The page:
- The Utah Department of Corrections reported April 29 that every inmate at its Draper and Gunnison locations has been offered a COVID-19 vaccine, not including new arrivals. According to a corrections spokesperson, nearly 2,700 individuals have been fully vaccinated. But the ACLU of Utah said vaccine distribution at county jails has been inconsistent and is pushing local health departments to make a vaccination plan for incarcerated people by May 4.
Statewide Mask Mandate
The statewide mask requirement ended April 10 under a bill passed by the State Legislature. However, masks are still required in schools and in large gatherings with more than 50 people. Local health departments can also choose whether to implement their own requirement.
All Utahns 16 and older are now eligible for a COVID-19 vaccine. The state is currently distributing the two-dose Moderna and Pfizer vaccines, but has temporarily halted the Johnson & Johnson single-dose vaccine as the federal government reviews data around six reported cases of a rare and severe type of blood clot .
People who have tested positive for COVID-19 are now encouraged to sign up for a vaccine. However, they should wait until they no longer have symptoms from their infection and have been released from quarantine.
Utahns can go to any county within the state to get a vaccine. Gov. Spencer Cox cautioned that people will be required to return to that same location for their second Pfizer or Moderna doses. Local health department information and registration for vaccine appointments is available at coronavirus.utah.gov/vaccine-distribution or the CDC’s vaccinefinder.org.
The Utah Department of Health is partnering with private healthcare providers to help distribute the vaccine. University of Utah Health, Nomi and Intermountain will help administer first and second doses of the Moderna and Pfizer vaccines, as well as the single-dose J&J vaccine.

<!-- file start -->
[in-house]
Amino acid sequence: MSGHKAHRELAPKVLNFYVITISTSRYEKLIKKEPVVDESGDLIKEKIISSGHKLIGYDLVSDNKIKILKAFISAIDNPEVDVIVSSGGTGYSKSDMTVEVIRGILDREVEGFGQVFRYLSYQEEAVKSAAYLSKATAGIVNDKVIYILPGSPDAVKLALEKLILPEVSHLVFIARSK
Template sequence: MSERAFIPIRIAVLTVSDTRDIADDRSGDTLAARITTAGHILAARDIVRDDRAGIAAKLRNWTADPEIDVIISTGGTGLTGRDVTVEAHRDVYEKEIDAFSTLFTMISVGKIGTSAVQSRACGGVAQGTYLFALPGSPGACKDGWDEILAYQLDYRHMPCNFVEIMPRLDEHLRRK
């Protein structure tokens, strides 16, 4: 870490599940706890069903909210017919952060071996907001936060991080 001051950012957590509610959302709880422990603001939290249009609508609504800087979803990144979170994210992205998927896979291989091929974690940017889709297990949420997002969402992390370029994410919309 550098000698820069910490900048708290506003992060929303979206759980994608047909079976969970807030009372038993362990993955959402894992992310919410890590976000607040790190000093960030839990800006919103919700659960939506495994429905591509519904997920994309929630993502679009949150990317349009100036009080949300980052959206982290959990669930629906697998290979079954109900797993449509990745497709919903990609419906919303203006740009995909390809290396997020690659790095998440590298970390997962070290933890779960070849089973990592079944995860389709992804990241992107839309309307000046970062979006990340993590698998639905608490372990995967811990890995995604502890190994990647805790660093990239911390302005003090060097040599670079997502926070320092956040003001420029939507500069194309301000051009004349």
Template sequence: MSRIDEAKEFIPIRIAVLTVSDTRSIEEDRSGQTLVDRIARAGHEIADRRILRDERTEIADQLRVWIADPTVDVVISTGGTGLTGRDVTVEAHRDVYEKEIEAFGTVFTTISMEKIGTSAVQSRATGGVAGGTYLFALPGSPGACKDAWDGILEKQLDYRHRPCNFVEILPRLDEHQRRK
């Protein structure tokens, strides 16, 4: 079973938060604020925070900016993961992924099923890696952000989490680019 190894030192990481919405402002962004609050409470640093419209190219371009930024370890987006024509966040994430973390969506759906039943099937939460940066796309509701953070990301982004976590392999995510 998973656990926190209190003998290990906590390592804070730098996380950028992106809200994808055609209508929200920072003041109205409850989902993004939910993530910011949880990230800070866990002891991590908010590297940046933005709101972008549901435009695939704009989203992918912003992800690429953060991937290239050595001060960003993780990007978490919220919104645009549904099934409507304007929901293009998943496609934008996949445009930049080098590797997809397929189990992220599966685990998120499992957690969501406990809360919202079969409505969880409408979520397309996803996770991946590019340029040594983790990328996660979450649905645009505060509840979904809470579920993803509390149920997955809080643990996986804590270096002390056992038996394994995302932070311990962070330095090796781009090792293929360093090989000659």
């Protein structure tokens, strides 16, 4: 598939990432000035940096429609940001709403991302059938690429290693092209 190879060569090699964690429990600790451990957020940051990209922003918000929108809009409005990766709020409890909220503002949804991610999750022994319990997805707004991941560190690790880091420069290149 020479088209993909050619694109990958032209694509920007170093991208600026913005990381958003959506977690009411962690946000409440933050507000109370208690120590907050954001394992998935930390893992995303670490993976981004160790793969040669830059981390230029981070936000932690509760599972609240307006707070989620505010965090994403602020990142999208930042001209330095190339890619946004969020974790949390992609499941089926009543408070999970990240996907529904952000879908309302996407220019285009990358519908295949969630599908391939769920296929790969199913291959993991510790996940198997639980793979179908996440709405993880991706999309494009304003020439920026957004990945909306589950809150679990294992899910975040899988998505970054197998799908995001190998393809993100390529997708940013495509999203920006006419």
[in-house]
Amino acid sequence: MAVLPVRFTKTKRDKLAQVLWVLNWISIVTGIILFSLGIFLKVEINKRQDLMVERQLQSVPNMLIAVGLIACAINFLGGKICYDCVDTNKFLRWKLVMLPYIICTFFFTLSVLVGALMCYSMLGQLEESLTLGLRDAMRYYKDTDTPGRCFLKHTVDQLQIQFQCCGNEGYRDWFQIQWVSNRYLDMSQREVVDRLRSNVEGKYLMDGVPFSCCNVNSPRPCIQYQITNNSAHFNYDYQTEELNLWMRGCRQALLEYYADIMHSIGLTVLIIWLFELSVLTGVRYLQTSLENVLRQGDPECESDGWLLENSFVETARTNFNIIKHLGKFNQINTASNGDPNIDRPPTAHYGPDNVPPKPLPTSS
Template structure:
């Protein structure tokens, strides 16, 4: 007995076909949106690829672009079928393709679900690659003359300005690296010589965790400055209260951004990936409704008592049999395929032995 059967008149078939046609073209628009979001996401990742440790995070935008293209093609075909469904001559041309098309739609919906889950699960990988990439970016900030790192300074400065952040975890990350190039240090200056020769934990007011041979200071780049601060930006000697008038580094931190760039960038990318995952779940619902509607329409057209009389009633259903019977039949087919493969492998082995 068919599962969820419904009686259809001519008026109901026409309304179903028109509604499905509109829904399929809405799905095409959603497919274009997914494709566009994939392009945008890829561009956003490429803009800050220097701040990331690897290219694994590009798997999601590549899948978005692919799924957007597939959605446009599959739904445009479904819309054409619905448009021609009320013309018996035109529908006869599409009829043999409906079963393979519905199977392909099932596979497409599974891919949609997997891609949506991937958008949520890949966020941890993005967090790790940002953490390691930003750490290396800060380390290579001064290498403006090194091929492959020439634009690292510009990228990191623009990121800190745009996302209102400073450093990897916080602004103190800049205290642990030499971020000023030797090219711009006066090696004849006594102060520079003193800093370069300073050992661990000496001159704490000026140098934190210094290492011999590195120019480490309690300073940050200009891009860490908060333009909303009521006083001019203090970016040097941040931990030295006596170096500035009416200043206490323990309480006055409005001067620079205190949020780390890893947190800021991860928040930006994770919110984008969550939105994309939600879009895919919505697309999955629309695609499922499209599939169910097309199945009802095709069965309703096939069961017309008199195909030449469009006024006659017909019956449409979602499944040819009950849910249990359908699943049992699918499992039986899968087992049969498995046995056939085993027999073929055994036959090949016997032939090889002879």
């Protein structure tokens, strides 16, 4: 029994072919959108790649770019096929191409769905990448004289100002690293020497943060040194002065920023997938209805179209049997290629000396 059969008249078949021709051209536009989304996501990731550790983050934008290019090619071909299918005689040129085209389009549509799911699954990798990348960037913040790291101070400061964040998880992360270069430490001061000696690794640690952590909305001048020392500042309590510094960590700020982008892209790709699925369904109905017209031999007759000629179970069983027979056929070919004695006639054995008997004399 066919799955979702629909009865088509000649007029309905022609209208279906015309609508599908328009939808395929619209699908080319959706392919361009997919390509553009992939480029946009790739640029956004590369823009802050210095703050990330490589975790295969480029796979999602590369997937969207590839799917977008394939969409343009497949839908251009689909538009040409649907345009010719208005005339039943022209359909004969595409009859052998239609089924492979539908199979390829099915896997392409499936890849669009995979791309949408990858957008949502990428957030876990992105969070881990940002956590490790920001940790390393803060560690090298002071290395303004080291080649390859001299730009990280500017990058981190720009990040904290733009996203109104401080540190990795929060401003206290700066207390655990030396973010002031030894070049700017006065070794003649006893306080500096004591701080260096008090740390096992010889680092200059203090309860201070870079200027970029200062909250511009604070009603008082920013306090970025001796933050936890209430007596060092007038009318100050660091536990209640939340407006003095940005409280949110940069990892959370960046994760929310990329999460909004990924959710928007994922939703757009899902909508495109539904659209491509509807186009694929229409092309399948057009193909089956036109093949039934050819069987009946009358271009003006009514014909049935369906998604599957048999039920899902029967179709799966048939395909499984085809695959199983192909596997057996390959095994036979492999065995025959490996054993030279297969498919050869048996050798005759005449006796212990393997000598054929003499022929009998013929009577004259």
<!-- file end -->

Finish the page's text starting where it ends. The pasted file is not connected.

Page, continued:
Local health districts are also handling distribution. Utahns can sign up through their local health departments.
Organizations are required to distribute their vaccines within a week of receiving it. If they don't, their inventory will be reduced, “and extra doses will be taken and redistributed,” Cox said.
The idea is to administer the vaccine quickly in order to qualify for more from the federal government, speeding up the timeline for everyone.
Safety And Effectiveness
Vaccines from Pfizer, Moderna and Johnson & Johnson have been approved for emergency use by the Federal Drug Administration. Clinical trials found the Pfizer and Moderna vaccines to be close to 95% effective at preventing patients from developing COVID-19 symptoms after two doses, given 21 and 28 days apart, respectively.
The Utah Department of Health has started distributing the J&J vaccine again. The state had paused its distribution after reports from the Centers for Disease Control and Prevention that it caused blood clots in some patients. Health officials say although clotting is extremely rare, they will take safety precautions.
Despite concerns from some people that the J&J vaccine has a lower rate preventing moderate illness than the other vaccines, health officials said what’s more important is its rate of preventing severe illness and death. Officials said the new vaccine is on par with the other shots, and people should not turn down the chance to take the J&J shot.